Waldorf and Gustavus Adolphus confront differing views
Controversies drive student and faculty discussions at two ELCA college campuses
Controversies that arose from decisions made by leaders at two area Evangelical Lutheran Church in America (ELCA) colleges show signs of moving toward resolution.
At Gustavus Adolphus College in St. Peter, Minnesota, faculty members and students have complained that the school’s new president, Jack Ohle, has failed to consult the faculty before making important policy decisions. The resignation of Mary Morton, the provost and vice-president for academic affairs, in March — after Ohle took action to downgrade her role — set off a firestorm of protest.
At Waldorf College, just south of the Minnesota border in central Iowa, the recent decision by President Richard Hanson and the board of trustees to pursue sale of the school to a private online educational institution has given rise to considerable anxiety. Critics have questioned whether Waldorf could retain its sense of mission after cutting its official ties with the ELCA and becoming part of a profit-making operation.
Claude Brew, professor emeritus of English at Gustavus, reported in late June that a three-member faculty committee of which he is a part had completed a confidential evaluation of Ohle’s performance and submitted it to the school’s board of regents.
The faculty, voting 133 to 6 within a week of Morton’s resignation, demanded that the regents conduct such an evaluation immediately. The Student Senate took similar action 12 days later.
When the board refused, the faculty set up its own evaluation committee, despite warnings from Board Chairman Jim Gale, a Gustavus graduate and Washington, D.C., attorney. Professor Brew said his evaluation group met with Gale and a member of the board’s personnel committee before submitting its report. President Ohle has asked to meet with the faculty committee, Brew said, and that meeting was expected to take place in July.
Ohle also sent a letter to all members of the Gustavus community in early June. In it he acknowledged the faculty’s concerns about the future of the college. Ohle said he was working with faculty and student leaders, trustees, senior administrators, and others to “lay out a process for moving forward.” While details of the process had not been completed, the president said, “It will be designed to give all members of our community a voice and lead to clear conclusions.”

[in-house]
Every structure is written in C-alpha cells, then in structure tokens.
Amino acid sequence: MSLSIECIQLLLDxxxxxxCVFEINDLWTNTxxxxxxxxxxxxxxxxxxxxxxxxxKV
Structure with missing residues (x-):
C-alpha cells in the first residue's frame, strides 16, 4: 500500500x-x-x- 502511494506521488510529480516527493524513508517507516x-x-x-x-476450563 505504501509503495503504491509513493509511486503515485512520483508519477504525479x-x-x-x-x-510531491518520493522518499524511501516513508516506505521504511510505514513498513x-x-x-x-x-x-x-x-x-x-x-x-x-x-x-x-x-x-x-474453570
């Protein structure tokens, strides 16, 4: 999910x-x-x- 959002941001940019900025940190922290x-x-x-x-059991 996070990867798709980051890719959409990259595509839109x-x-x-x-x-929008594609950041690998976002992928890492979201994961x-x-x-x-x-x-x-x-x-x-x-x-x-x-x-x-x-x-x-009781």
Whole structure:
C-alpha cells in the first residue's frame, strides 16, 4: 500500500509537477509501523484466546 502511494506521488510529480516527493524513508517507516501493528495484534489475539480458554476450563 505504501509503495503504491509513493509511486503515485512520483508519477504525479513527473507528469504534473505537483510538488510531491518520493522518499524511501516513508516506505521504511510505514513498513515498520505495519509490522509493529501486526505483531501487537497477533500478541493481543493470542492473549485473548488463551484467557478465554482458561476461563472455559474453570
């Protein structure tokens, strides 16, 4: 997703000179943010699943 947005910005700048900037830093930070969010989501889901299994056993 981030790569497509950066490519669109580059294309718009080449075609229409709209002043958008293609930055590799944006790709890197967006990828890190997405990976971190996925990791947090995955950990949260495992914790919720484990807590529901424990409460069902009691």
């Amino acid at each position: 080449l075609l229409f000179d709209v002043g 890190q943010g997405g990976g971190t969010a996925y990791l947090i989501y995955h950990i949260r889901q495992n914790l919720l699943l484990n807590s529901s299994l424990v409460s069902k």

Brew said he believed the consultations described by Ohle would take place. The planned July meeting with his committee would probably be part of the process, he added.
The resignation of Mary Morton was seen by faculty members as a reversal of several years of careful planning. The new position of provost and vice- president for academic affairs was intended to signify that the person holding it was first among equals among Gustavus vice-presidents and that academics had top priority at the school.
Morton came to Gustavus a year before Ohle, during the presidency of Jim Peterson. Formerly the dean of Dayton University in Ohio, she was seen as the best person to lead the college through the infant stages of the new model of academic oversight.
Ohle’s discomfort with the concept of a provost became evident soon after he arrived on campus in July 2008, according to those familiar with the transition. Critics also said he was making a lot of decisions without the traditional “shared governance.” Some also found fault with the way he was chosen as president.
Regents had rejected three candidates to succeed Peterson before choosing Ohle, then president of Wartburg College in Waverly, Iowa, in April 2008. Unlike the other candidates, he did not visit the St. Peter campus for interviews prior to his selection.
Ohle’s record at Wartburg was examined by members of the Gustavus community in the months after he arrived, particularly the tight economic situation he left behind. That was partly related to construction of the three- acre, $30-million Wartburg-Waverly Sports and Wellness Center, which Ohle supported and for which, critics said, faculty input was ignored.
After Morton announced her resignation, the Faculty Senate voted to recommend that the college’s two academic deans, professors Mariangela Maguire and Eric Eliason, be considered to fill the provost post until a permanent replacement could be found.
However, the pair ended up withdrawing their names for consideration and also resigning as deans. In a letter to the Faculty Senate and other concerned parties, they said, “Given the lack of presidential support, it would be disingenuous for us to pursue a role when we do not believe we could succeed.”
Another resignation followed in late May when Hank Toutain, dean of students and vice-president for student affairs, left to take a similar post at Kenyon College in Ohio. That was the fourth of six Gustavus vice-president positions to change hands since Ohle’s arrival.